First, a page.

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Sunday, April 21, 2019

Patient Rights & Patient Advocacy

As a patient, you do have rights and responsibilities when it comes to the doctor's office or the hospital. I have written about this previously, but I wanted to dedicate an article to it so that you would be aware of your rights the next time you are in a medical professional setting.

Dedicated to: Anastacia

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Emily's Stomach GP Podcast is available to listen to and my co-host and I have discussed this topic, if you are interested in listening.

According to the AMA (American Medical Association),

"Code of Medical Ethics Opinion 1.1.3

The health and well-being of patients depends on a collaborative effort between patient and physician in a mutually respectful alliance. Patients contribute to this alliance when they fulfill responsibilities they have, to seek care and to be candid with their physicians, for example.

Physicians can best contribute to a mutually respectful alliance with patients by serving as their patients’ advocates and by respecting patients’ rights. These include the right:

(a) To courtesy, respect, dignity, and timely, responsive attention to his or her needs.

(b) To receive information from their physicians and to have opportunity to discuss the benefits, risks, and costs of appropriate treatment alternatives, including the risks, benefits and costs of forgoing treatment. Patients should be able to expect that their physicians will provide guidance about what they consider the optimal course of action for the patient based on the physician’s objective professional judgment.

(c) To ask questions about their health status or recommended treatment when they do not fully understand what has been described and to have their questions answered.

(d) To make decisions about the care the physician recommends and to have those decisions respected. A patient who has decision-making capacity may accept or refuse any recommended medical intervention.

(e) To have the physician and other staff respect the patient’s privacy and confidentiality.

(f) To obtain copies or summaries of their medical records.

(g) To obtain a second opinion.

(h) To be advised of any conflicts of interest their physician may have in respect to their care.

(i) To continuity of care. Patients should be able to expect that their physician will cooperate in coordinating medically indicated care with other health care professionals, and that the physician will not discontinue treating them when further treatment is medically indicated without giving them sufficient notice and reasonable assistance in making alternative arrangements for care."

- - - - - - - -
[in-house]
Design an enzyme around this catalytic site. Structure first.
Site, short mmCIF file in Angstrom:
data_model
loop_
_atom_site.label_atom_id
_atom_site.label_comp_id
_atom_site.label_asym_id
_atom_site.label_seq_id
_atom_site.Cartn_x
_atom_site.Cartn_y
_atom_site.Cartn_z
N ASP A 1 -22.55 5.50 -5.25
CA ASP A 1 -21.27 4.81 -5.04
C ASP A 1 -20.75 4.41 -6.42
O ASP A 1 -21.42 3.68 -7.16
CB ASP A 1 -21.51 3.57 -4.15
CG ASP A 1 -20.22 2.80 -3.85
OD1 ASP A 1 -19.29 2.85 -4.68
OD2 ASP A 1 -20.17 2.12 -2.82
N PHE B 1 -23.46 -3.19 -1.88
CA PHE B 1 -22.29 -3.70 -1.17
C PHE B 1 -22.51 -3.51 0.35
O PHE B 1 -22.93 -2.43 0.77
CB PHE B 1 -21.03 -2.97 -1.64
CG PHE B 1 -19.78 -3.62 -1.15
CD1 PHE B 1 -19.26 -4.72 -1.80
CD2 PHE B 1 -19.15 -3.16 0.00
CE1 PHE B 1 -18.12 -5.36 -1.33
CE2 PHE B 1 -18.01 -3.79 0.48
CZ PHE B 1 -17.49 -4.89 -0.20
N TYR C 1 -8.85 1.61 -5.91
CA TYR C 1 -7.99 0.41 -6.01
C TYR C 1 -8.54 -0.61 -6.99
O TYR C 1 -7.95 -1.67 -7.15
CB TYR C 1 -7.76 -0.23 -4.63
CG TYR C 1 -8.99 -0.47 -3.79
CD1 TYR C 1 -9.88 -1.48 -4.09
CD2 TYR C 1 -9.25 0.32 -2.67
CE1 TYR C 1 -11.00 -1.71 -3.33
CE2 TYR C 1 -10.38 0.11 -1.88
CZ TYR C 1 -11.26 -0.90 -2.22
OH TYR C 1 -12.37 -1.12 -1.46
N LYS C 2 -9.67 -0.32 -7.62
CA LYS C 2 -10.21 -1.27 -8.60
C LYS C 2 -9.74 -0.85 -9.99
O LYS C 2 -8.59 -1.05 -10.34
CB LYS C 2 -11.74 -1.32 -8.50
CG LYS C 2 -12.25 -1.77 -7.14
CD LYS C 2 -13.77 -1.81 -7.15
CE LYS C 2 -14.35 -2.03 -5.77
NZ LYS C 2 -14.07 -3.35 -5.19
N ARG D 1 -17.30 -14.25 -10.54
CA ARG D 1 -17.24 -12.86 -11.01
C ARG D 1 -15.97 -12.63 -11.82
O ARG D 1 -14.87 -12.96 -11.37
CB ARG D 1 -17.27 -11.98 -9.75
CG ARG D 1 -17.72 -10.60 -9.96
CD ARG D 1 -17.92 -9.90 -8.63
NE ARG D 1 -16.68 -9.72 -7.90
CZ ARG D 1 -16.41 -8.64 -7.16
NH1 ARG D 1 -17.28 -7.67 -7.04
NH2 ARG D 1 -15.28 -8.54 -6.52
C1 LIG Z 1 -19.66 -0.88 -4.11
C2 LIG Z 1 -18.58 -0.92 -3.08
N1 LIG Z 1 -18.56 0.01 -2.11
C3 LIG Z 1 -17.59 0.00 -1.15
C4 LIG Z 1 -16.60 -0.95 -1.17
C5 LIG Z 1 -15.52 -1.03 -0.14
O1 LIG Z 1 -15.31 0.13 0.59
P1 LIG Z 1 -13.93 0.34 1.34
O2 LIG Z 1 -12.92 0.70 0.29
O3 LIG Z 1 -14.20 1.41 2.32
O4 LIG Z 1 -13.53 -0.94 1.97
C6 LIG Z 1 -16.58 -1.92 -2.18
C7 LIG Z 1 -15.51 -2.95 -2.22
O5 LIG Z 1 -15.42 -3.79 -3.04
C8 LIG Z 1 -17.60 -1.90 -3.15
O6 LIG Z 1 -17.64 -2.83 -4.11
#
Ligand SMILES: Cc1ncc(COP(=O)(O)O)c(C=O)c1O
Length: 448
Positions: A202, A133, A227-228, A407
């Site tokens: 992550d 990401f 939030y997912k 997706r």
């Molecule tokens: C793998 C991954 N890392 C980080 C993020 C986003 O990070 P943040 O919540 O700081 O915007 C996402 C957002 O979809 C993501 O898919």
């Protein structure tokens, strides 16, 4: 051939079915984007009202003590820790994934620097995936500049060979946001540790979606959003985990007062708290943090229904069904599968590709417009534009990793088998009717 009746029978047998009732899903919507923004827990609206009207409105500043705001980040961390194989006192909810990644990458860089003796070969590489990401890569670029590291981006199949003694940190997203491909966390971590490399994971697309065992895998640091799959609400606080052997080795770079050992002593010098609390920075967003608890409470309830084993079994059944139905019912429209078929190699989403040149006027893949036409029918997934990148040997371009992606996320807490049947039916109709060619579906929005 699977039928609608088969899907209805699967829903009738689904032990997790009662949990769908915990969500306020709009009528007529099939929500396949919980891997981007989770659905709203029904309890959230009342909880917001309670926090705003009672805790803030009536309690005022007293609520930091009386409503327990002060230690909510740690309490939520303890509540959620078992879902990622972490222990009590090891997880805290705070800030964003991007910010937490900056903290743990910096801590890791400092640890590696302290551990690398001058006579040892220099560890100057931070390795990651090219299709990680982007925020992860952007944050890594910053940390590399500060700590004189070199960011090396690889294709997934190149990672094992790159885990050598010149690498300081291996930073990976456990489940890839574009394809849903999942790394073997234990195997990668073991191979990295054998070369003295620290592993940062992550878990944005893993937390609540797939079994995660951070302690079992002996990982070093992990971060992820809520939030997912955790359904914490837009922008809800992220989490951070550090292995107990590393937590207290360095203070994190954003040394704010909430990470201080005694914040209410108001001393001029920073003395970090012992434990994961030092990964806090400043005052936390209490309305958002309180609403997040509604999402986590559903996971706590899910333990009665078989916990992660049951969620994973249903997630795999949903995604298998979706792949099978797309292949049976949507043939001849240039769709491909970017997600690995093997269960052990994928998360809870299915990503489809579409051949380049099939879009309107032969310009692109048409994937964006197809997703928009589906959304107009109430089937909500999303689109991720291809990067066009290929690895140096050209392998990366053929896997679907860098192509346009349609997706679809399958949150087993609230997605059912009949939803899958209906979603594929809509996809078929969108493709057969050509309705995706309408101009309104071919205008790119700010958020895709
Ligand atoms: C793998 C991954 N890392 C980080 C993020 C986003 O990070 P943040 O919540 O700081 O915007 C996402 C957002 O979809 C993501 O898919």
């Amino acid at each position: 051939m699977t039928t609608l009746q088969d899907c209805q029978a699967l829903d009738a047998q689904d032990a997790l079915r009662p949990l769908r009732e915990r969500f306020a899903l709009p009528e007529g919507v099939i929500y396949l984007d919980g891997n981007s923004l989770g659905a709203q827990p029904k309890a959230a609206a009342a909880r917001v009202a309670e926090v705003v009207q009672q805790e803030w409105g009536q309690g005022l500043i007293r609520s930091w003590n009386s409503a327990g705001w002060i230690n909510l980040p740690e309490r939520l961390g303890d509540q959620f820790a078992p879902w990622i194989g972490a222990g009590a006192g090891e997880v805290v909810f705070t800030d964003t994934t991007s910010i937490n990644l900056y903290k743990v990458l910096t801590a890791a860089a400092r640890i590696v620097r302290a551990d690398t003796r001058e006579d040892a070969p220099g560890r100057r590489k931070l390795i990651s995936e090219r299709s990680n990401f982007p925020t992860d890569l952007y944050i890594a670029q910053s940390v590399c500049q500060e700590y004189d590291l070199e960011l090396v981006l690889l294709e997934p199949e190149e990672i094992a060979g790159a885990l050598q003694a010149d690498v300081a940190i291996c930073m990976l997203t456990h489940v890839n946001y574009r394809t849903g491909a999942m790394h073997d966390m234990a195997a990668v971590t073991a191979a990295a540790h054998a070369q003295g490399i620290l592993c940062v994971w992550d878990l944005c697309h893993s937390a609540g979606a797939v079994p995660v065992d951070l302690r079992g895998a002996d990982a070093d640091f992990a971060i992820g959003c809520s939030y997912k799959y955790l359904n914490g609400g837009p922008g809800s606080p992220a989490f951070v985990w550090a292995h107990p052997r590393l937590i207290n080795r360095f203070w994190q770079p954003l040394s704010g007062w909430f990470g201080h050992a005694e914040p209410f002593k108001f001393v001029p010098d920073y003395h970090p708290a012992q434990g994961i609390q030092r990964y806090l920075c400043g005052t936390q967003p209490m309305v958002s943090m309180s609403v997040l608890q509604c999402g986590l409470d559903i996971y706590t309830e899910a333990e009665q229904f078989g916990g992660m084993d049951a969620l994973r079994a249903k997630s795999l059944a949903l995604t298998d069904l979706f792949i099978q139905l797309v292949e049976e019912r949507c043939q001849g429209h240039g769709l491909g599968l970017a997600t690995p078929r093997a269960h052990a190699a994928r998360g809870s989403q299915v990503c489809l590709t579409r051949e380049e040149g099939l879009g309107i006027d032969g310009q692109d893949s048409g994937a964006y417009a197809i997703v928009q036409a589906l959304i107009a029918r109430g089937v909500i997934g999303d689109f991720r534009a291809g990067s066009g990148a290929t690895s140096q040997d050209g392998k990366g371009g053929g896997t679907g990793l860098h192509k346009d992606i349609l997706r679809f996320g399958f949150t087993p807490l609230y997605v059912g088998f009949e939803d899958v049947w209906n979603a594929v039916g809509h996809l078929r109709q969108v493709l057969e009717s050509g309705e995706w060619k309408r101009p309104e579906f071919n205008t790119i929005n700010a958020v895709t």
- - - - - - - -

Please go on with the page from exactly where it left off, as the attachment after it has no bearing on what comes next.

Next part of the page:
According to CFGAI Endo Services,

"Patient Responsibilities


The patient has the responsibility to provide accurate and complete information concerning his/her present complaints, past illnesses, hospitalizations, medications (including over the counter products and dietary supplements), allergies and sensitivities, and other matters relating to his/her health.

The patient and family are responsible for asking questions when they do not understand what they have been told about the patient’s care or what they are expected to do.

The patient is responsible for following the treatment plan established by his/her physician, including the instructions of nurses and other health professionals as they carry out the physician’s orders.

The patient is responsible for keeping appointments and for notifying the facility or physician when he/she is unable to do so.

The patient/family member/patient representative is responsible for disposition of the patient valuables.

Provide a responsible adult to transport him/her home from the facility and remain with him/her for a period of time designated by his/her physician unless exempted from that requirement by the attending physician.

In the case of pediatric patients, a parent or guardian is to remain in the facility for the duration of the patient’s stay in the facility. The Center does not see patients under the age of 16 years.

The patient is responsible for his/her actions should he/she refuse treatment or not follow his/her physician’s orders.

The patient is responsible for assuring that the financial obligations of his/her care are fulfilled as promptly as possible.

The patient is responsible to inform the facility whether the patient has a living will, medical power of attorney or other directive that could affect his/her care.

The patient is responsible for being respectful of all of the health care providers and staff, as well as other patients."

Patient Advocates

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Image Source: HERE

According to The Institute of Medical Care Improvement,

"Role of the Patient Advocate

A time of illness is a stressful time for patients as well as for their families. The best-laid plans can go awry, judgment is impaired, and, put simply, you are not at your best when you are sick. Patients need someone who can look out for their best interests and help navigate the confusing healthcare system–in other words, an advocate.

What is a patient advocate?

An advocate is a “supporter, believer, sponsor, promoter, campaigner, backer, or spokesperson.” It is important to consider all of these aspects when choosing an advocate for yourself or someone in your family. An effective advocate is someone you trust who is willing to act on your behalf as well as someone who can work well with other members of your healthcare team such as your doctors and nurses.

An advocate may be a member of your family, such as a spouse, a child, another family member, or a close friend. Another type of advocate is a professional advocate. Hospitals usually have professionals who play this role called Patient Representatives or Patient Advocates. Social workers, nurses and chaplains may also fill this role. These advocates can often be very helpful in cutting through red tape. It is helpful to find out if your hospital has professional advocates available, and how they may be able to help you.

Using an advocate – getting started